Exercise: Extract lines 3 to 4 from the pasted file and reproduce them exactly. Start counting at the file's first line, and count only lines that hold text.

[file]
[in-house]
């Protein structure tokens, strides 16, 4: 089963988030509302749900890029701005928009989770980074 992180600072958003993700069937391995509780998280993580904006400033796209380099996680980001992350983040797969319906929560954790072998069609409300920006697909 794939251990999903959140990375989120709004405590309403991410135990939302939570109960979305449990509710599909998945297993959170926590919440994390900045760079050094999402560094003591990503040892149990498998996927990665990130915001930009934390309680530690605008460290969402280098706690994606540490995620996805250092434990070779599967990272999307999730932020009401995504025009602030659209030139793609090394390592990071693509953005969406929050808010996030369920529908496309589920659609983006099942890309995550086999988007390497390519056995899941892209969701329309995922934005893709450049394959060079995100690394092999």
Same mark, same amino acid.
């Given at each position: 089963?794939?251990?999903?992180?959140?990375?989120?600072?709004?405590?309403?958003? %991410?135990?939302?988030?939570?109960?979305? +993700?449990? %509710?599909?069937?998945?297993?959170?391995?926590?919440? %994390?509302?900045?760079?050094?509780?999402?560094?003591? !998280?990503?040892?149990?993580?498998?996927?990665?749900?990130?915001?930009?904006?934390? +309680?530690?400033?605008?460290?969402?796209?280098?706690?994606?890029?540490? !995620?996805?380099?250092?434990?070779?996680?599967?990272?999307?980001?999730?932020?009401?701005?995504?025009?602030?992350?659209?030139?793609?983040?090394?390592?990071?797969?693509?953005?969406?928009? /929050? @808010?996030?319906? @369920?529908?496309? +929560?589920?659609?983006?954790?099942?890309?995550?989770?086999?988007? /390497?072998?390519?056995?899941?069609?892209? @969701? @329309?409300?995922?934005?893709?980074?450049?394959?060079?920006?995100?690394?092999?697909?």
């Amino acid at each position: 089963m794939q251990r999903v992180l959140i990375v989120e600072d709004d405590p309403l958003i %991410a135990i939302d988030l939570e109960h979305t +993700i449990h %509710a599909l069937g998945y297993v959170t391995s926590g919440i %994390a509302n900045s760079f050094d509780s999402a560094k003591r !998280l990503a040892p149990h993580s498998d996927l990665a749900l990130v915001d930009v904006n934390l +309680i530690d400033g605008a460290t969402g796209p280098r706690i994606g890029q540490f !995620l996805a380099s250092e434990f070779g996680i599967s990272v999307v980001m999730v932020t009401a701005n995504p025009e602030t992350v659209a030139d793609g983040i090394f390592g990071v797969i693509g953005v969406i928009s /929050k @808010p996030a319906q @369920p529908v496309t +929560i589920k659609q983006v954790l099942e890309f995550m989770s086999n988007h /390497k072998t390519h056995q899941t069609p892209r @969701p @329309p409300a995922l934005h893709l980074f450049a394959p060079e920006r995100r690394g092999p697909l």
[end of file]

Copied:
Same mark, same amino acid.
């Given at each position: 089963?794939?251990?999903?992180?959140?990375?989120?600072?709004?405590?309403?958003? %991410?135990?939302?988030?939570?109960?979305? +993700?449990? %509710?599909?069937?998945?297993?959170?391995?926590?919440? %994390?509302?900045?760079?050094?509780?999402?560094?003591? !998280?990503?040892?149990?993580?498998?996927?990665?749900?990130?915001?930009?904006?934390? +309680?530690?400033?605008?460290?969402?796209?280098?706690?994606?890029?540490? !995620?996805?380099?250092?434990?070779?996680?599967?990272?999307?980001?999730?932020?009401?701005?995504?025009?602030?992350?659209?030139?793609?983040?090394?390592?990071?797969?693509?953005?969406?928009? /929050? @808010?996030?319906? @369920?529908?496309? +929560?589920?659609?983006?954790?099942?890309?995550?989770?086999?988007? /390497?072998?390519?056995?899941?069609?892209? @969701? @329309?409300?995922?934005?893709?980074?450049?394959?060079?920006?995100?690394?092999?697909?």